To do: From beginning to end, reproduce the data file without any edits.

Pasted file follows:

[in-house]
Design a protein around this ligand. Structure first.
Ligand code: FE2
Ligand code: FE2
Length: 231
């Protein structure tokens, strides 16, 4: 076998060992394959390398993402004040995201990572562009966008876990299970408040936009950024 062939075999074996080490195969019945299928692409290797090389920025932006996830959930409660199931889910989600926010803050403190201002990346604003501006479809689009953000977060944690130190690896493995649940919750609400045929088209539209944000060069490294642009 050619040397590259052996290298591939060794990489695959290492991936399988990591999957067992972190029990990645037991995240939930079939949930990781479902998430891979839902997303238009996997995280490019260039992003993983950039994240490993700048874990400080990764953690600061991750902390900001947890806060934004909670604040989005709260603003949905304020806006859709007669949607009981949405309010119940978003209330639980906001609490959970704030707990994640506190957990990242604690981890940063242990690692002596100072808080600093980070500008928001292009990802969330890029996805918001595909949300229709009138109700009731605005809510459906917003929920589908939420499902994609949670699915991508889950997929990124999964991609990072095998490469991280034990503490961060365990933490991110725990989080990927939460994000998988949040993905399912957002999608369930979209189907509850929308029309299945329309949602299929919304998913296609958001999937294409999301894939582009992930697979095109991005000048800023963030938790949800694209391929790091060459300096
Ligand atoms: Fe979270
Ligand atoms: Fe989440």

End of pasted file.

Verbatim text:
[in-house]
Design a protein around this ligand. Structure first.
Ligand code: FE2
Ligand code: FE2
Length: 231
């Protein structure tokens, strides 16, 4: 076998060992394959390398993402004040995201990572562009966008876990299970408040936009950024 062939075999074996080490195969019945299928692409290797090389920025932006996830959930409660199931889910989600926010803050403190201002990346604003501006479809689009953000977060944690130190690896493995649940919750609400045929088209539209944000060069490294642009 050619040397590259052996290298591939060794990489695959290492991936399988990591999957067992972190029990990645037991995240939930079939949930990781479902998430891979839902997303238009996997995280490019260039992003993983950039994240490993700048874990400080990764953690600061991750902390900001947890806060934004909670604040989005709260603003949905304020806006859709007669949607009981949405309010119940978003209330639980906001609490959970704030707990994640506190957990990242604690981890940063242990690692002596100072808080600093980070500008928001292009990802969330890029996805918001595909949300229709009138109700009731605005809510459906917003929920589908939420499902994609949670699915991508889950997929990124999964991609990072095998490469991280034990503490961060365990933490991110725990989080990927939460994000998988949040993905399912957002999608369930979209189907509850929308029309299945329309949602299929919304998913296609958001999937294409999301894939582009992930697979095109991005000048800023963030938790949800694209391929790091060459300096
Ligand atoms: Fe979270
Ligand atoms: Fe989440």